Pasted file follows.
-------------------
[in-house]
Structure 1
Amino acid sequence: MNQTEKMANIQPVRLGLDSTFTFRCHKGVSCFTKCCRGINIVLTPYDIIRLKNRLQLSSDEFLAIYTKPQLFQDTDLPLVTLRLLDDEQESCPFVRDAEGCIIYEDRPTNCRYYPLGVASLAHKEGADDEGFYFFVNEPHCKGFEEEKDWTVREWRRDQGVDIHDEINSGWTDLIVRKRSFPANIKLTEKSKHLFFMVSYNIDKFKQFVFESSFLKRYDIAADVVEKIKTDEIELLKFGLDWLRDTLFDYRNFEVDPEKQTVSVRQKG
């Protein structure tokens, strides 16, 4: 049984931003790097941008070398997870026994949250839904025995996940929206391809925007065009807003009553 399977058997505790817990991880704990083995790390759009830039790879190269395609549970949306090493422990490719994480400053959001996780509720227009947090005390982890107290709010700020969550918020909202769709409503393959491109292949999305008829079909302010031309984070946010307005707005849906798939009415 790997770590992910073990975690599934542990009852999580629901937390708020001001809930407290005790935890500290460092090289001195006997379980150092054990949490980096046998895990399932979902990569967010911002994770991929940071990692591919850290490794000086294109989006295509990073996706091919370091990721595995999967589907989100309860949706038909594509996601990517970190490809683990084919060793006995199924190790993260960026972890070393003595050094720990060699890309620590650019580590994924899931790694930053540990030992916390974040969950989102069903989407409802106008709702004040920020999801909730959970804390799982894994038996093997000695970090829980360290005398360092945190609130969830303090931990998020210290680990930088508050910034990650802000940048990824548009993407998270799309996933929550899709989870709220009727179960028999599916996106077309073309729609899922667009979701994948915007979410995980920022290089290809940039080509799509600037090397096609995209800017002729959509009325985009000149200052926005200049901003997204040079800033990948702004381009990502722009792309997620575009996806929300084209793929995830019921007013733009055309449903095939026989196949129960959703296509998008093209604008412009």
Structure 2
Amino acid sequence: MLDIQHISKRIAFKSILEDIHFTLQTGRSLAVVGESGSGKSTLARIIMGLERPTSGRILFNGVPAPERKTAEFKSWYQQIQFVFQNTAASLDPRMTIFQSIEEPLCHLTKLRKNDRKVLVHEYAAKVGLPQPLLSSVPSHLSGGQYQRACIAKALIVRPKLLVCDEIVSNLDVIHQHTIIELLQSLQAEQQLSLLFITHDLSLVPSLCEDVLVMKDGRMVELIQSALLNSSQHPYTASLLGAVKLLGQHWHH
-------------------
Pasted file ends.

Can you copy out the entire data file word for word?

[in-house]
Structure 1
Amino acid sequence: MNQTEKMANIQPVRLGLDSTFTFRCHKGVSCFTKCCRGINIVLTPYDIIRLKNRLQLSSDEFLAIYTKPQLFQDTDLPLVTLRLLDDEQESCPFVRDAEGCIIYEDRPTNCRYYPLGVASLAHKEGADDEGFYFFVNEPHCKGFEEEKDWTVREWRRDQGVDIHDEINSGWTDLIVRKRSFPANIKLTEKSKHLFFMVSYNIDKFKQFVFESSFLKRYDIAADVVEKIKTDEIELLKFGLDWLRDTLFDYRNFEVDPEKQTVSVRQKG
């Protein structure tokens, strides 16, 4: 049984931003790097941008070398997870026994949250839904025995996940929206391809925007065009807003009553 399977058997505790817990991880704990083995790390759009830039790879190269395609549970949306090493422990490719994480400053959001996780509720227009947090005390982890107290709010700020969550918020909202769709409503393959491109292949999305008829079909302010031309984070946010307005707005849906798939009415 790997770590992910073990975690599934542990009852999580629901937390708020001001809930407290005790935890500290460092090289001195006997379980150092054990949490980096046998895990399932979902990569967010911002994770991929940071990692591919850290490794000086294109989006295509990073996706091919370091990721595995999967589907989100309860949706038909594509996601990517970190490809683990084919060793006995199924190790993260960026972890070393003595050094720990060699890309620590650019580590994924899931790694930053540990030992916390974040969950989102069903989407409802106008709702004040920020999801909730959970804390799982894994038996093997000695970090829980360290005398360092945190609130969830303090931990998020210290680990930088508050910034990650802000940048990824548009993407998270799309996933929550899709989870709220009727179960028999599916996106077309073309729609899922667009979701994948915007979410995980920022290089290809940039080509799509600037090397096609995209800017002729959509009325985009000149200052926005200049901003997204040079800033990948702004381009990502722009792309997620575009996806929300084209793929995830019921007013733009055309449903095939026989196949129960959703296509998008093209604008412009």
Structure 2
Amino acid sequence: MLDIQHISKRIAFKSILEDIHFTLQTGRSLAVVGESGSGKSTLARIIMGLERPTSGRILFNGVPAPERKTAEFKSWYQQIQFVFQNTAASLDPRMTIFQSIEEPLCHLTKLRKNDRKVLVHEYAAKVGLPQPLLSSVPSHLSGGQYQRACIAKALIVRPKLLVCDEIVSNLDVIHQHTIIELLQSLQAEQQLSLLFITHDLSLVPSLCEDVLVMKDGRMVELIQSALLNSSQHPYTASLLGAVKLLGQHWHH